The comma does, of course, have certain prescribed and formal uses, as, for example, to set off nouns or phrases in apposition, and to indicate nouns in direct address. I am a great believer in these, although apposition has proven to be a matter less of formula than of usage. But direct address by all means. 'Shut up, you damn fool!' is necessary and clear. The comma makes it certain that we are addressing an individual, say, Donald Trump. And there is, of course, the popular example of the deadly effect of a lack of a comma as in: 'Let's eat grandma!' While members of a few tribes in the outbacks of the world might actually mean this, the sentence normally should read, 'Let's eat, grandma!' the comma marking the difference between civilization and barbarism; indeed, between life and death. Apposition is slipperier. 'Donald Trump, though an embarrassment, is nonetheless president.' The apposition defines or characterizes the subject, and needs to be set off in commas (or, in this case, in something more restraining than that).

But I have found in my writing that the most common use of the apposition comma, to define a noun or pronoun with another noun, is more a matter of convenience than formulation. 'My wife, Betty, is a great cook.' This, as I understand it, is correct, yet I find the commas here intrusive rather than necessary and, surely, not elegant. To my eye, the sentence reads better: 'My wife Betty is a great cook.' There is no possibility for misunderstanding without the commas, and, indeed, in the current politically correct climate, their presence can become downright confusing. 'My wife, Frank, is a great cook' should mean that I am telling someone named Frank about Betty. But now it is perfectly correct to say, 'My wife Frank is a great cook,' and no one but a fundamentalist Christian will be either confused or perplexed. Thus does progress push or punish punctuation.

If you have read this far, then you must be as fascinated by and frustrated with punctuation as I am. There is much more that can be said about the use of the comma, but I will forego that and simply add that among the best writers all rules of grammar, punctuation, syntax, diction, and even spelling are up for grabs. Good writers, and especially great writers, act as if punctuation should be the servant of prose and not its dictator. They know that punctuation, like any of the mechanics of writing, is meant to serve the purpose of the piece and not to impose a formula upon it. I have learned over the years that, though there are a few rules in English, they are more often honored in the breach than the observance. In fact, no sooner do I find a rule than an exception immediately appears.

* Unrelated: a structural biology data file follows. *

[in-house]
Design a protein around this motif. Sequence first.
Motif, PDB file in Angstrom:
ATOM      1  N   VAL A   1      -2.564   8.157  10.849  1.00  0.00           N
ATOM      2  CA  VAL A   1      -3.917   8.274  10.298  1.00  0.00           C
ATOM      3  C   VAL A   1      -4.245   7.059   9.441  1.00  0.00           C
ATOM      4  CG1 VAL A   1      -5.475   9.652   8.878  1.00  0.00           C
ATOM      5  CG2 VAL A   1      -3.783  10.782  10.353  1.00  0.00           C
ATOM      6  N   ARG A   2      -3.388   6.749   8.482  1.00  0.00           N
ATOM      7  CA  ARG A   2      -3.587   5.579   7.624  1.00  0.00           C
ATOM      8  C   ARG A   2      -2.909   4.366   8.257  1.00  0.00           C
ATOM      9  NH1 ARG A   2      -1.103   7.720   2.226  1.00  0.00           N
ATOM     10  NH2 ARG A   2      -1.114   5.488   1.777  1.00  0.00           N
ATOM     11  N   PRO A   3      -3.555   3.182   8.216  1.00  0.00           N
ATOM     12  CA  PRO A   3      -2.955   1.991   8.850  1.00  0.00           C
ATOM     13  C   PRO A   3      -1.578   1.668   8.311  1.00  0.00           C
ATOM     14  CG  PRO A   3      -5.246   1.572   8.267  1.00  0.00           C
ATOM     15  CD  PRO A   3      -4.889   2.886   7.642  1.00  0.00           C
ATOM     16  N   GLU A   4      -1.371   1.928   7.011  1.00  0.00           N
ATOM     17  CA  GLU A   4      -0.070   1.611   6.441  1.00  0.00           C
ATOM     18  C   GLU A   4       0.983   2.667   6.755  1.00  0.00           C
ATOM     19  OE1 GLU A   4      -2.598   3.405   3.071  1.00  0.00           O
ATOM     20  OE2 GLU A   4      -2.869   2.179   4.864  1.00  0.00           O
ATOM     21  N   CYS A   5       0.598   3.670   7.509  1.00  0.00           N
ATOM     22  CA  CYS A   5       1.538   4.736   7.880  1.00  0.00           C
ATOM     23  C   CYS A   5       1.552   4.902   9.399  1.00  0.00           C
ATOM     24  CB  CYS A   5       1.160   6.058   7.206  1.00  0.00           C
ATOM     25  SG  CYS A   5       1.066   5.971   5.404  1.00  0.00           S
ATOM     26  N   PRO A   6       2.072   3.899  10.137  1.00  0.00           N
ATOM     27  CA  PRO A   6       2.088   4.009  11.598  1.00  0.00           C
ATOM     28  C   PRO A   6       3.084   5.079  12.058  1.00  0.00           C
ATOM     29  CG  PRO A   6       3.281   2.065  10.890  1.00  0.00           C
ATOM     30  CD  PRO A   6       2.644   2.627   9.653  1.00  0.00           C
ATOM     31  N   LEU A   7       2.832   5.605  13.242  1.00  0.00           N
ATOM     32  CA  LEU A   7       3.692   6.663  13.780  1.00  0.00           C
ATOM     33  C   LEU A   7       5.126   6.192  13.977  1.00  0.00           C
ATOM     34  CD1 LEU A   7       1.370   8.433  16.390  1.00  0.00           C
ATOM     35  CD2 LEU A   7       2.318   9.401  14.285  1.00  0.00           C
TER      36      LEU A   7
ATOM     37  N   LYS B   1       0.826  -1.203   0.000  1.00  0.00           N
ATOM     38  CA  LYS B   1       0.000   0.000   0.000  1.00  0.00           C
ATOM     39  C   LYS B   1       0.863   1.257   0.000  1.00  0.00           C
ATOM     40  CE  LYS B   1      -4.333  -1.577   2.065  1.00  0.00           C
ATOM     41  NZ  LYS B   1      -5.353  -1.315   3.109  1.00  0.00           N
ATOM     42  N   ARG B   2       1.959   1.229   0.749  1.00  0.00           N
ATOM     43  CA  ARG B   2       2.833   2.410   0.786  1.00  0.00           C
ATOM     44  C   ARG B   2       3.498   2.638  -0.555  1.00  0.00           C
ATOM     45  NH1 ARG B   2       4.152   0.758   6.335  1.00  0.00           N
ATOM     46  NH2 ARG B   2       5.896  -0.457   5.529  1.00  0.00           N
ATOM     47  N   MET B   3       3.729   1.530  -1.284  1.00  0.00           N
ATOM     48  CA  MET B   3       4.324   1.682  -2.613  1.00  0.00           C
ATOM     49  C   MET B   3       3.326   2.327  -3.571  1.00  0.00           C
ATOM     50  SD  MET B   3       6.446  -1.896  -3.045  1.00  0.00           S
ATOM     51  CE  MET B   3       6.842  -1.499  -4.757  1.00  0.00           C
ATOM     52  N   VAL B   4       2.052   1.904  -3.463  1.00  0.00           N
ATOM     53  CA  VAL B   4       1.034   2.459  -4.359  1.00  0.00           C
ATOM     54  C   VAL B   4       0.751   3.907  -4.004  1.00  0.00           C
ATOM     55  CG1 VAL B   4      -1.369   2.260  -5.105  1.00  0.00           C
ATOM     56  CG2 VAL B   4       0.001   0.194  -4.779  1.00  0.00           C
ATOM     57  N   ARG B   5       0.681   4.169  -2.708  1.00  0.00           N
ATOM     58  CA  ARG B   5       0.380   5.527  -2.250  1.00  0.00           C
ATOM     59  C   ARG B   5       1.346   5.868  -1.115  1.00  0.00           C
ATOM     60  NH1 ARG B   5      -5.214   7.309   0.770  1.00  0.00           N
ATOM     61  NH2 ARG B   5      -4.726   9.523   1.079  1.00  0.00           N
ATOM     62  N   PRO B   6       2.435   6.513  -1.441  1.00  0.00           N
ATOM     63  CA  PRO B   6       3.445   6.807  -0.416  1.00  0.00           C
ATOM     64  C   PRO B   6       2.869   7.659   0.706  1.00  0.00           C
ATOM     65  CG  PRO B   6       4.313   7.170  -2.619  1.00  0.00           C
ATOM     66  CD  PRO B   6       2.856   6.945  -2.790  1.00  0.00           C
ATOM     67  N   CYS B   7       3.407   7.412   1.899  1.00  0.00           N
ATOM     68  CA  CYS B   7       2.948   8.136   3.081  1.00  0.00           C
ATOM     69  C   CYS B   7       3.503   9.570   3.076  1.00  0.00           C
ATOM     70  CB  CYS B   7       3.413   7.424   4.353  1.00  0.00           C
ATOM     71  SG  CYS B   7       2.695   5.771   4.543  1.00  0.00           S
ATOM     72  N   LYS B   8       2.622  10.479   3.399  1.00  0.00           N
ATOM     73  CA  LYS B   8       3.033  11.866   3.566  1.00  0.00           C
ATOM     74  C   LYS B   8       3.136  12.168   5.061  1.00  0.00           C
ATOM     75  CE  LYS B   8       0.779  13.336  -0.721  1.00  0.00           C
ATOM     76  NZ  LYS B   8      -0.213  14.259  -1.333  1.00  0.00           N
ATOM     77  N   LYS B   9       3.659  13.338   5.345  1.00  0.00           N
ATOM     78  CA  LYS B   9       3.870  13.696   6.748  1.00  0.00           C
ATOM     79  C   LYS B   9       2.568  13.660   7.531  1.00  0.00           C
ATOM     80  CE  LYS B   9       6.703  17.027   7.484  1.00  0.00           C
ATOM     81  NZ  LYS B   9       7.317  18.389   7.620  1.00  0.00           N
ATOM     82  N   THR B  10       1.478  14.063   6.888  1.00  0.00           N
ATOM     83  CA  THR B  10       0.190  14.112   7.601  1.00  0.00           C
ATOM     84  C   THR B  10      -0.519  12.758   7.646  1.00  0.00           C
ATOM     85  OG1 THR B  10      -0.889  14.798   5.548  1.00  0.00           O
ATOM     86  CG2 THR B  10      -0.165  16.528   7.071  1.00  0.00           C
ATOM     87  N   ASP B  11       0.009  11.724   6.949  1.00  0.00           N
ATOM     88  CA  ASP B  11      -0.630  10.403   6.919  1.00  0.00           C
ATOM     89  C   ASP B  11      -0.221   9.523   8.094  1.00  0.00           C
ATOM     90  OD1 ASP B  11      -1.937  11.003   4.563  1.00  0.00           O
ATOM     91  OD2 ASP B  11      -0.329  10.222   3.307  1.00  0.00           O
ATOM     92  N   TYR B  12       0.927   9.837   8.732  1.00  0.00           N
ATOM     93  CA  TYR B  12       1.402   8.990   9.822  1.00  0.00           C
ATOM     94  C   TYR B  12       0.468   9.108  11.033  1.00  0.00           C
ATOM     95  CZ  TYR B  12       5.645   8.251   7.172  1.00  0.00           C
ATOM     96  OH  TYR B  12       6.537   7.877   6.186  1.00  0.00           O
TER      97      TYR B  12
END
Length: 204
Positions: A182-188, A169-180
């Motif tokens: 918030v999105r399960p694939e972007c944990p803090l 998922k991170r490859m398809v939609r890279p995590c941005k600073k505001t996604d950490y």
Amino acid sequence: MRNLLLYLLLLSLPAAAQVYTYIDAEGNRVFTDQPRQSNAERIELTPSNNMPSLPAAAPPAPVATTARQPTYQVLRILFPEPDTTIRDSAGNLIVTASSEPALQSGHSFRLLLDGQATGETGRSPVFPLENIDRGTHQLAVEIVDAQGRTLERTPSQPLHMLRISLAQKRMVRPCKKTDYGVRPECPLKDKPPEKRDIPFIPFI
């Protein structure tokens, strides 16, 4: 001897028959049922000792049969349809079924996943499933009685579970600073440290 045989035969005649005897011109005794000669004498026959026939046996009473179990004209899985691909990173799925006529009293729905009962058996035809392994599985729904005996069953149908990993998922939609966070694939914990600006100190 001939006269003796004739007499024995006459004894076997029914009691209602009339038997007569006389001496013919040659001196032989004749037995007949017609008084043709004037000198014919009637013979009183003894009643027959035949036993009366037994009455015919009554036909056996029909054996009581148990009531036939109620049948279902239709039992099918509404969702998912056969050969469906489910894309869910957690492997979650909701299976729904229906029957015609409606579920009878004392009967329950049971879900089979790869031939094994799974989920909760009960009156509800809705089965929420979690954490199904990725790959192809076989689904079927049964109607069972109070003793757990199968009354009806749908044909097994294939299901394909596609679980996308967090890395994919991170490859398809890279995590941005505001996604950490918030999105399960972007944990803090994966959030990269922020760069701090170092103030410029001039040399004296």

I recall being unsure about the relation between certain punctuation marks and the ends of quotations, so I looked up the rule in the writer's best friend, the Chicago Manual of Style. 'Punctuation marks inside quotation marks; no exceptions,' it said. But that same afternoon, an exception did, in fact, rear its head in my work. I don't recall what the sentence was, but it was on the order of: Don't ever try to tell me "charity begins at home"! Since the exclamation mark is not part of the cliché, then it has to go outside the quotation mark. The same was true for the question mark, as in: You don't know how to sing "Sweet Adeline"? The question mark is not part of the title of the song, and therefore must go outside the quotation mark. And gradually I began discovering others; lots, in fact. Through decades as a writer, I have learned that it is sufficient for English to posit a rule, for English to break it. That is one of the reasons I love the language as I do.

So I think the rule regarding the comma has to be elastic rather than rigid. While one ought to be familiar with the formal rules, and observe them as far as possible for the sake of clarity, the fact is that the use of the comma is a matter of feel more than of formula. Commas, like anything else in writing, ought to serve the purposes of the piece, adding to its clarity, meaning, rhythm, and nuance. They are the humble, breathless servants of poetry and prose, enhancing their beauty and power; not nuts and bolts merely buckling clauses and phrases together. The key to learning to use commas, or any other tools of writing, lies, as Yeats would say, 'Where all the ladders start/ In the foul rag and bone shop of the heart.' Think of commas, then, as pulse-beats in your writing, and you probably won't go too far wrong. Use them as naturally you breathe. And read. Read good writing; pay attention to how the author uses the tools of language and learn from it. Do what the brilliant masters have done, and if anyone challenges your choices, you can do no better than to refer him to my favorite poet, Gerard Manley Hopkins, who wrote among many other gems of punctuation-in-poetry:

Soul, self; come poor Jackself, I do advise
You, jaded, let be; call off thoughts awhile
Elsewhere; leave comfort root-room; let joy size
At God knows when to God knows what; whose smile
's not wrung, see you; unforeseen times rather -- as skies
Betweenpie mountains -- lights a lovely mile.

With everything else wonderful and unexpected, he starts a line with an apostrophe S! Now that's breathtaking.